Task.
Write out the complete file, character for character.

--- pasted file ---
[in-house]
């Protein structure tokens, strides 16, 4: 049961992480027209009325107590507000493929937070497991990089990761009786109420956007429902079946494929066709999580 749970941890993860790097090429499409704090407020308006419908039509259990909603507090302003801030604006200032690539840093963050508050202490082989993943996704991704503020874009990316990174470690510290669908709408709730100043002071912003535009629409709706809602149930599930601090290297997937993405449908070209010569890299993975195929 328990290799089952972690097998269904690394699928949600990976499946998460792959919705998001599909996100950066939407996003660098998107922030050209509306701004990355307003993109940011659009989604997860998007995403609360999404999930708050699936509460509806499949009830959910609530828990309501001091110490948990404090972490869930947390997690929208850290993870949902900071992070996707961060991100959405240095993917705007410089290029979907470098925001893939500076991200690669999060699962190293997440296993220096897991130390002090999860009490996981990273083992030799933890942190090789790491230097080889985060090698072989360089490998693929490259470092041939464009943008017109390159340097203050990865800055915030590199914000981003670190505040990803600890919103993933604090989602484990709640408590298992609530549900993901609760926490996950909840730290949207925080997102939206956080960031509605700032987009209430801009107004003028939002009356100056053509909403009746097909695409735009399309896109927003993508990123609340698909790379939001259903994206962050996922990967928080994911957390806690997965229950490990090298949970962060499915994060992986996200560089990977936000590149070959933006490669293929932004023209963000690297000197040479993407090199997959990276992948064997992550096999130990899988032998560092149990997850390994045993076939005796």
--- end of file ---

[in-house]
């Protein structure tokens, strides 16, 4: 049961992480027209009325107590507000493929937070497991990089990761009786109420956007429902079946494929066709999580 749970941890993860790097090429499409704090407020308006419908039509259990909603507090302003801030604006200032690539840093963050508050202490082989993943996704991704503020874009990316990174470690510290669908709408709730100043002071912003535009629409709706809602149930599930601090290297997937993405449908070209010569890299993975195929 328990290799089952972690097998269904690394699928949600990976499946998460792959919705998001599909996100950066939407996003660098998107922030050209509306701004990355307003993109940011659009989604997860998007995403609360999404999930708050699936509460509806499949009830959910609530828990309501001091110490948990404090972490869930947390997690929208850290993870949902900071992070996707961060991100959405240095993917705007410089290029979907470098925001893939500076991200690669999060699962190293997440296993220096897991130390002090999860009490996981990273083992030799933890942190090789790491230097080889985060090698072989360089490998693929490259470092041939464009943008017109390159340097203050990865800055915030590199914000981003670190505040990803600890919103993933604090989602484990709640408590298992609530549900993901609760926490996950909840730290949207925080997102939206956080960031509605700032987009209430801009107004003028939002009356100056053509909403009746097909695409735009399309896109927003993508990123609340698909790379939001259903994206962050996922990967928080994911957390806690997965229950490990090298949970962060499915994060992986996200560089990977936000590149070959933006490669293929932004023209963000690297000197040479993407090199997959990276992948064997992550096999130990899988032998560092149990997850390994045993076939005796």